Prolactin Levels During Long-Term Risperidone Treatment in Children and Adolescents
J Clin Psychiatry 2003;64(11):1362-1369
© Copyright 2016 Physicians Postgraduate Press, Inc.
Purchase This PDF for $40.00
If you are not a paid subscriber, you may purchase the PDF.
(You'll need the free Adobe Acrobat Reader.)
Receive immediate full-text access to JCP. You can subscribe to JCP online-only ($86) or print + online ($156 individual).
With your subscription, receive a free PDF collection of the NCDEU Festschrift articles. Hurry! This offer ends December 31, 2011.
If you are a paid subscriber to JCP and do not yet have a username and password, activate your subscription now.
As a paid subscriber who has activated your subscription, you have access to the HTML and PDF versions of this item.
Click here to login.
Did you forget your password?
Still can't log in? Contact the Circulation Department at 1-800-489-1001 x4 or send email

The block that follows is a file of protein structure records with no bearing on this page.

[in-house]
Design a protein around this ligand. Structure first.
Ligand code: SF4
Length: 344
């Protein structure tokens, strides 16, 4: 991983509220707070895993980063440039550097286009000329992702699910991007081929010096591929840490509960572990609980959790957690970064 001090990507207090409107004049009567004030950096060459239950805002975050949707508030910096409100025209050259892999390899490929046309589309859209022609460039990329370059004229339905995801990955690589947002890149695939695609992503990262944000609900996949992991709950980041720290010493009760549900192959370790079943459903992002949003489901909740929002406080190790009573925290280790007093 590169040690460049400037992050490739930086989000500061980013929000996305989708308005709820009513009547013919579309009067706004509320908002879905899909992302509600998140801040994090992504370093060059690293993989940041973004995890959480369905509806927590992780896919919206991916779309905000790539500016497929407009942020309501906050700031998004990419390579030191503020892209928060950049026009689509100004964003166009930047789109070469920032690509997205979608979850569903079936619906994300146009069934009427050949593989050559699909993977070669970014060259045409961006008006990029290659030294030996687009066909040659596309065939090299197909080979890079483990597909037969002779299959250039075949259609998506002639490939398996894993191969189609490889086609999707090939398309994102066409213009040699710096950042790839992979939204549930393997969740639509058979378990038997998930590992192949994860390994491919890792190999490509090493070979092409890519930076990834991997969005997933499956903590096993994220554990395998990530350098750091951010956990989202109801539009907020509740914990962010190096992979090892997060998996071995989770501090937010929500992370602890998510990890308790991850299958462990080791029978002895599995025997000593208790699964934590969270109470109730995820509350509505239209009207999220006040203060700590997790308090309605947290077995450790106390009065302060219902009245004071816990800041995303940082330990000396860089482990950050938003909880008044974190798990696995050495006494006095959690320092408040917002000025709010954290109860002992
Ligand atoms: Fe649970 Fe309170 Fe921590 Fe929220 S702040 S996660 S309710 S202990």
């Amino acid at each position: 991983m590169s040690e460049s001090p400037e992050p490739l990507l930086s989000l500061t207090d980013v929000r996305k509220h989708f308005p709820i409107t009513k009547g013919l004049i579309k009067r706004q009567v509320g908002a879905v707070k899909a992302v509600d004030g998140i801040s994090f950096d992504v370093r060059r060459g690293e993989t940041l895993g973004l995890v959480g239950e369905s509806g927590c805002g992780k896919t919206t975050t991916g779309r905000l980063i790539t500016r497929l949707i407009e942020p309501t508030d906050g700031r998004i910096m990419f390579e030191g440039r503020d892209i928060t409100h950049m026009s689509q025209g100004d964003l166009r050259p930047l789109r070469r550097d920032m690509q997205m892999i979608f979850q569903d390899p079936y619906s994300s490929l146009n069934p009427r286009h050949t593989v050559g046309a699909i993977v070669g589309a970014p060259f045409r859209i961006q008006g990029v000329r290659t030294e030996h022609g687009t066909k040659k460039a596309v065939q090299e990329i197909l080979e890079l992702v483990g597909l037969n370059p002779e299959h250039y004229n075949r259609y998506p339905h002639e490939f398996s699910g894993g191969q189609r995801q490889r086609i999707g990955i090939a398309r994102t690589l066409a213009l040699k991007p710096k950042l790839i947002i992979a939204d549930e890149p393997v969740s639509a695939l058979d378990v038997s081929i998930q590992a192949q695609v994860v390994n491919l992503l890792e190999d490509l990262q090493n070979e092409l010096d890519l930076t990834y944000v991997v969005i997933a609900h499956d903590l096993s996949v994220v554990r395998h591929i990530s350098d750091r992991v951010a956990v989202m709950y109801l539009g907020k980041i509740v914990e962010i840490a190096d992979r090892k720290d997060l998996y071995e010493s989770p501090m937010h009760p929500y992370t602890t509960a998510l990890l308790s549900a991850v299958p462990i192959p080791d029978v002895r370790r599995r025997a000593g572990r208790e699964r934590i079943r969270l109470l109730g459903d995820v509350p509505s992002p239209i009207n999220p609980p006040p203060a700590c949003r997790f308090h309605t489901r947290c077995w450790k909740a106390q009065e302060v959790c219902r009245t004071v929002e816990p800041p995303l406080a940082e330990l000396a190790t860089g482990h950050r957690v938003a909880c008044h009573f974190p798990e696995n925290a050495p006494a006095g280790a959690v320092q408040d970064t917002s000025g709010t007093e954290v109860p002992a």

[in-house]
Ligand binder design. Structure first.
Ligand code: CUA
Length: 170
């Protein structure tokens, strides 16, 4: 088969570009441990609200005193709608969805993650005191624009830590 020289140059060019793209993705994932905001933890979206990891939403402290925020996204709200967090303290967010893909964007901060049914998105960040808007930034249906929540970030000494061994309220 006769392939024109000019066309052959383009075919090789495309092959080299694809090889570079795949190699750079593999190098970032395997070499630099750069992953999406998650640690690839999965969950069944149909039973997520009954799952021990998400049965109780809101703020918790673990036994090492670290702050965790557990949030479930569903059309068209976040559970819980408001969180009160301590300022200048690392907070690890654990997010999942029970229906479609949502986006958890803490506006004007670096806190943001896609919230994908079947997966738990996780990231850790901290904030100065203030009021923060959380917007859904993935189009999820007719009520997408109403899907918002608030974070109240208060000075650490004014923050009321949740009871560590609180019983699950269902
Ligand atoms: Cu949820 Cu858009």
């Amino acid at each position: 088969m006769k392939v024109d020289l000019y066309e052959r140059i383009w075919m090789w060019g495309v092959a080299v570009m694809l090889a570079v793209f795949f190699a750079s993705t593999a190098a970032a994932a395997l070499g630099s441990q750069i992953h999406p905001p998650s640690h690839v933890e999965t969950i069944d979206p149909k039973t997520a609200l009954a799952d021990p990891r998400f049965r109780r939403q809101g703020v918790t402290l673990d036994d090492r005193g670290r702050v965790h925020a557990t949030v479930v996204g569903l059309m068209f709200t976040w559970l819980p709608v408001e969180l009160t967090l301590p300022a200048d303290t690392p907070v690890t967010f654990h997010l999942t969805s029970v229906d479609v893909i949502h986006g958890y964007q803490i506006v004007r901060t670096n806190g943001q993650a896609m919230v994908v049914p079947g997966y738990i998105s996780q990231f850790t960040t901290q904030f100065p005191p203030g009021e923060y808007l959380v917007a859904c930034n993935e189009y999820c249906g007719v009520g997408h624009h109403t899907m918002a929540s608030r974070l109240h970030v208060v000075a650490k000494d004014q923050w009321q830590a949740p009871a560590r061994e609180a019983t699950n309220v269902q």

Background: This analysis was designed to
investigate prolactin levels in children and adolescents on
long-term risperidone treatment and explore any relationship with
side effects hypothetically attributable to prolactin (SHAP).
Method: Data from 5 clinical trials
(total N = 700) were pooled for this post hoc analysis. Children
and adolescents aged 5 to 15 years with subaverage intelligence
quotients and conduct or other disruptive behavior disorders
received risperidone treatment (0.02-0.06 mg/kg/day) for up to 55
weeks. Outcome measures analyzed included serum prolactin levels,
reported adverse events, and the conduct problem subscore of the
Nisonger Child Behavior Rating Form.
Results: Mean prolactin levels rose from
7.8 ng/mL at baseline to a peak of 29.4 ng/mL at weeks 4 to 7 of
active treatment, then progressively decreased to 16.1 ng/mL at
weeks 40 to 48 (N = 358) and 13.0 ng/mL at weeks 52 to 55 (N =
42). There was no relationship between prolactin levels and age.
Females returned to a mean value within the normal range (< =
30 ng/mL) by weeks 8 to 12, and males were close to normal values
(< = 18 ng/mL) by weeks 16 to 24. At least 1 SHAP was reported
by 13 (2.2%) of 592 children. There was no direct correlation
between prolactin elevation and SHAP.
Conclusion: With long-term risperidone treatment
in children and adolescents, serum prolactin levels tended to
rise and peak within the first 1 to 2 months and then steadily
decline to values within or very close to the normal range by 3
to 5 months.